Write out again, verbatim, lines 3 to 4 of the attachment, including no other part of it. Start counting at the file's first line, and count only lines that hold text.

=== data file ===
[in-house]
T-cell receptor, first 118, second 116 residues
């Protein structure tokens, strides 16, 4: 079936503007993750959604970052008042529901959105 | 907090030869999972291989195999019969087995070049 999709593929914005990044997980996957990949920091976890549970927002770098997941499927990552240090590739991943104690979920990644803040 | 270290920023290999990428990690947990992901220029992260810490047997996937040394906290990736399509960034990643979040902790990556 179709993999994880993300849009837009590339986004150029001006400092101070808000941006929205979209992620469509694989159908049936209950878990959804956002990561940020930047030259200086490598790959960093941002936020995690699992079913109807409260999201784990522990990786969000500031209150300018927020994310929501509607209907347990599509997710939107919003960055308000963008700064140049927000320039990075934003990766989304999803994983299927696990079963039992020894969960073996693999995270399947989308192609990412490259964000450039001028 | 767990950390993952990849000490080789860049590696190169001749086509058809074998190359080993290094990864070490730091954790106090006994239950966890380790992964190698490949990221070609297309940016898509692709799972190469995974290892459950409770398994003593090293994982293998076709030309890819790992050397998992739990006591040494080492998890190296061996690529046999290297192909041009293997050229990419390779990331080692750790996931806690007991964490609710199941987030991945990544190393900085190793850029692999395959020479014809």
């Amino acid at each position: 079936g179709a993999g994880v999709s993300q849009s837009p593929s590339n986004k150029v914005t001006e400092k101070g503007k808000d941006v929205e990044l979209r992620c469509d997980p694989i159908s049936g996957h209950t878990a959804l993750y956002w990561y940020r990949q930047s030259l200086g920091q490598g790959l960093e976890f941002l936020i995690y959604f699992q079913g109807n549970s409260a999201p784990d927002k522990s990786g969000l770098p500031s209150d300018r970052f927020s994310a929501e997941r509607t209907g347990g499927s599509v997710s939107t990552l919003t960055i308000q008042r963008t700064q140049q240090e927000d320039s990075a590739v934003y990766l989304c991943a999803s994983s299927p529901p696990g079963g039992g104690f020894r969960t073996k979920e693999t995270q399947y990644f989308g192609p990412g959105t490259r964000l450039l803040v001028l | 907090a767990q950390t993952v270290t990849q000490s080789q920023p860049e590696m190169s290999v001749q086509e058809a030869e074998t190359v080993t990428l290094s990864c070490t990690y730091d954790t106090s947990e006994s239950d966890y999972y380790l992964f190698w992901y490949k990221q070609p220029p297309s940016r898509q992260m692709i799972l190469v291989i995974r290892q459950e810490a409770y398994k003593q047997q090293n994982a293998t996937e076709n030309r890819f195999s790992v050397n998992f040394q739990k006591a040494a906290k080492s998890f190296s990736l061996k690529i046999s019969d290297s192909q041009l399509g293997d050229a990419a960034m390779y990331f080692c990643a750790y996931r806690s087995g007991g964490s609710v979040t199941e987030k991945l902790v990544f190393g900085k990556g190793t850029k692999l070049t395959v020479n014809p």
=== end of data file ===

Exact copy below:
């Protein structure tokens, strides 16, 4: 079936503007993750959604970052008042529901959105 | 907090030869999972291989195999019969087995070049 999709593929914005990044997980996957990949920091976890549970927002770098997941499927990552240090590739991943104690979920990644803040 | 270290920023290999990428990690947990992901220029992260810490047997996937040394906290990736399509960034990643979040902790990556 179709993999994880993300849009837009590339986004150029001006400092101070808000941006929205979209992620469509694989159908049936209950878990959804956002990561940020930047030259200086490598790959960093941002936020995690699992079913109807409260999201784990522990990786969000500031209150300018927020994310929501509607209907347990599509997710939107919003960055308000963008700064140049927000320039990075934003990766989304999803994983299927696990079963039992020894969960073996693999995270399947989308192609990412490259964000450039001028 | 767990950390993952990849000490080789860049590696190169001749086509058809074998190359080993290094990864070490730091954790106090006994239950966890380790992964190698490949990221070609297309940016898509692709799972190469995974290892459950409770398994003593090293994982293998076709030309890819790992050397998992739990006591040494080492998890190296061996690529046999290297192909041009293997050229990419390779990331080692750790996931806690007991964490609710199941987030991945990544190393900085190793850029692999395959020479014809």
């Amino acid at each position: 079936g179709a993999g994880v999709s993300q849009s837009p593929s590339n986004k150029v914005t001006e400092k101070g503007k808000d941006v929205e990044l979209r992620c469509d997980p694989i159908s049936g996957h209950t878990a959804l993750y956002w990561y940020r990949q930047s030259l200086g920091q490598g790959l960093e976890f941002l936020i995690y959604f699992q079913g109807n549970s409260a999201p784990d927002k522990s990786g969000l770098p500031s209150d300018r970052f927020s994310a929501e997941r509607t209907g347990g499927s599509v997710s939107t990552l919003t960055i308000q008042r963008t700064q140049q240090e927000d320039s990075a590739v934003y990766l989304c991943a999803s994983s299927p529901p696990g079963g039992g104690f020894r969960t073996k979920e693999t995270q399947y990644f989308g192609p990412g959105t490259r964000l450039l803040v001028l | 907090a767990q950390t993952v270290t990849q000490s080789q920023p860049e590696m190169s290999v001749q086509e058809a030869e074998t190359v080993t990428l290094s990864c070490t990690y730091d954790t106090s947990e006994s239950d966890y999972y380790l992964f190698w992901y490949k990221q070609p220029p297309s940016r898509q992260m692709i799972l190469v291989i995974r290892q459950e810490a409770y398994k003593q047997q090293n994982a293998t996937e076709n030309r890819f195999s790992v050397n998992f040394q739990k006591a040494a906290k080492s998890f190296s990736l061996k690529i046999s019969d290297s192909q041009l399509g293997d050229a990419a960034m390779y990331f080692c990643a750790y996931r806690s087995g007991g964490s609710v979040t199941e987030k991945l902790v990544f190393g900085k990556g190793t850029k692999l070049t395959v020479n014809p």